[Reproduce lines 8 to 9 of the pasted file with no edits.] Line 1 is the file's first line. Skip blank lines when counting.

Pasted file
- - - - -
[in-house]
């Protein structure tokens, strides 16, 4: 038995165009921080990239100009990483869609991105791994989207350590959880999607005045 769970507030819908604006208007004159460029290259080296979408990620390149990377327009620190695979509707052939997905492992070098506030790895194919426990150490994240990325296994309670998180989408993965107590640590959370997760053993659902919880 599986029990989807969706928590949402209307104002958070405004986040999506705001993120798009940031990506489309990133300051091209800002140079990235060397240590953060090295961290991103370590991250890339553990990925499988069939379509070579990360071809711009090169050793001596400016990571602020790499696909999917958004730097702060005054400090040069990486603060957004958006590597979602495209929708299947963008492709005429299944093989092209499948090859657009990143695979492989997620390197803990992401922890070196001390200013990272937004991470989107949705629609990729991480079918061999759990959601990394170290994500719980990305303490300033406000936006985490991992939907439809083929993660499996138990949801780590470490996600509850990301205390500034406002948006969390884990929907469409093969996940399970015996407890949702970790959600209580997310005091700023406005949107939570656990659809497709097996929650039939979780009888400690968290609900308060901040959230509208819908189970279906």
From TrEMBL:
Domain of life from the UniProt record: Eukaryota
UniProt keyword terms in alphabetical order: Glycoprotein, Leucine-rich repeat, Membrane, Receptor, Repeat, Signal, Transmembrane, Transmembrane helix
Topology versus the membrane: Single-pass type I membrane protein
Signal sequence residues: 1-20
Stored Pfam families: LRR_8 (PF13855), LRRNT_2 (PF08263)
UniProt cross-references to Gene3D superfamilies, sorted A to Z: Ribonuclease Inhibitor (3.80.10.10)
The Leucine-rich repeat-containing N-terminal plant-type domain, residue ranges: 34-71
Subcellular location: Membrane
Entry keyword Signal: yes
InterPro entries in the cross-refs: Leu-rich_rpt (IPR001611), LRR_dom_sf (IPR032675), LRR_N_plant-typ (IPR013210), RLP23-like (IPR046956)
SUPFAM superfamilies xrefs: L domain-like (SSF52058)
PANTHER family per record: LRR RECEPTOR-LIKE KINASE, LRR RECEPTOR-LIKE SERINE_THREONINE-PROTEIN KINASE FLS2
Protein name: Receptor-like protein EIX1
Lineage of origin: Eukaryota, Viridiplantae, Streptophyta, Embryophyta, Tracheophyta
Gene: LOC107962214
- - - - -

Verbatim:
Stored Pfam families: LRR_8 (PF13855), LRRNT_2 (PF08263)
UniProt cross-references to Gene3D superfamilies, sorted A to Z: Ribonuclease Inhibitor (3.80.10.10)